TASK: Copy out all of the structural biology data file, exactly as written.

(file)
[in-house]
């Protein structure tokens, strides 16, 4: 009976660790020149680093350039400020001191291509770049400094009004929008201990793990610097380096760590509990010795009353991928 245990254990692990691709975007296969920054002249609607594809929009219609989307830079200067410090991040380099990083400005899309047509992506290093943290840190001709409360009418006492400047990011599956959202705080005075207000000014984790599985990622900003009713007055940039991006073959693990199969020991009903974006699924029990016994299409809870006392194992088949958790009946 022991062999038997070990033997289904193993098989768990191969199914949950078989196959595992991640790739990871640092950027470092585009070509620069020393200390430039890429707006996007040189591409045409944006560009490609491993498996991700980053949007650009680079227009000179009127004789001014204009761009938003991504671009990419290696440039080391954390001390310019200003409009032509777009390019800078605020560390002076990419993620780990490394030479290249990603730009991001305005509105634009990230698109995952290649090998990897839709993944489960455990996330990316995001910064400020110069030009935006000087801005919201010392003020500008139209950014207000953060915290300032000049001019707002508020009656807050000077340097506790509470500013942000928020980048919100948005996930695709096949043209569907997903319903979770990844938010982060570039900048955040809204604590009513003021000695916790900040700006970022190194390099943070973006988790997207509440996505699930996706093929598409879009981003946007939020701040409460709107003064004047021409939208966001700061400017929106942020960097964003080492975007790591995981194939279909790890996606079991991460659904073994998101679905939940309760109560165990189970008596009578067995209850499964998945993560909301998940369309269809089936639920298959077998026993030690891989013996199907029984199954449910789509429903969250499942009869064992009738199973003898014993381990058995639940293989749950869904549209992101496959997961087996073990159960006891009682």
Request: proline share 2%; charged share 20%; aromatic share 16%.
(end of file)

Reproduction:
[in-house]
């Protein structure tokens, strides 16, 4: 009976660790020149680093350039400020001191291509770049400094009004929008201990793990610097380096760590509990010795009353991928 245990254990692990691709975007296969920054002249609607594809929009219609989307830079200067410090991040380099990083400005899309047509992506290093943290840190001709409360009418006492400047990011599956959202705080005075207000000014984790599985990622900003009713007055940039991006073959693990199969020991009903974006699924029990016994299409809870006392194992088949958790009946 022991062999038997070990033997289904193993098989768990191969199914949950078989196959595992991640790739990871640092950027470092585009070509620069020393200390430039890429707006996007040189591409045409944006560009490609491993498996991700980053949007650009680079227009000179009127004789001014204009761009938003991504671009990419290696440039080391954390001390310019200003409009032509777009390019800078605020560390002076990419993620780990490394030479290249990603730009991001305005509105634009990230698109995952290649090998990897839709993944489960455990996330990316995001910064400020110069030009935006000087801005919201010392003020500008139209950014207000953060915290300032000049001019707002508020009656807050000077340097506790509470500013942000928020980048919100948005996930695709096949043209569907997903319903979770990844938010982060570039900048955040809204604590009513003021000695916790900040700006970022190194390099943070973006988790997207509440996505699930996706093929598409879009981003946007939020701040409460709107003064004047021409939208966001700061400017929106942020960097964003080492975007790591995981194939279909790890996606079991991460659904073994998101679905939940309760109560165990189970008596009578067995209850499964998945993560909301998940369309269809089936639920298959077998026993030690891989013996199907029984199954449910789509429903969250499942009869064992009738199973003898014993381990058995639940293989749950869904549209992101496959997961087996073990159960006891009682």
Request: proline share 2%; charged share 20%; aromatic share 16%.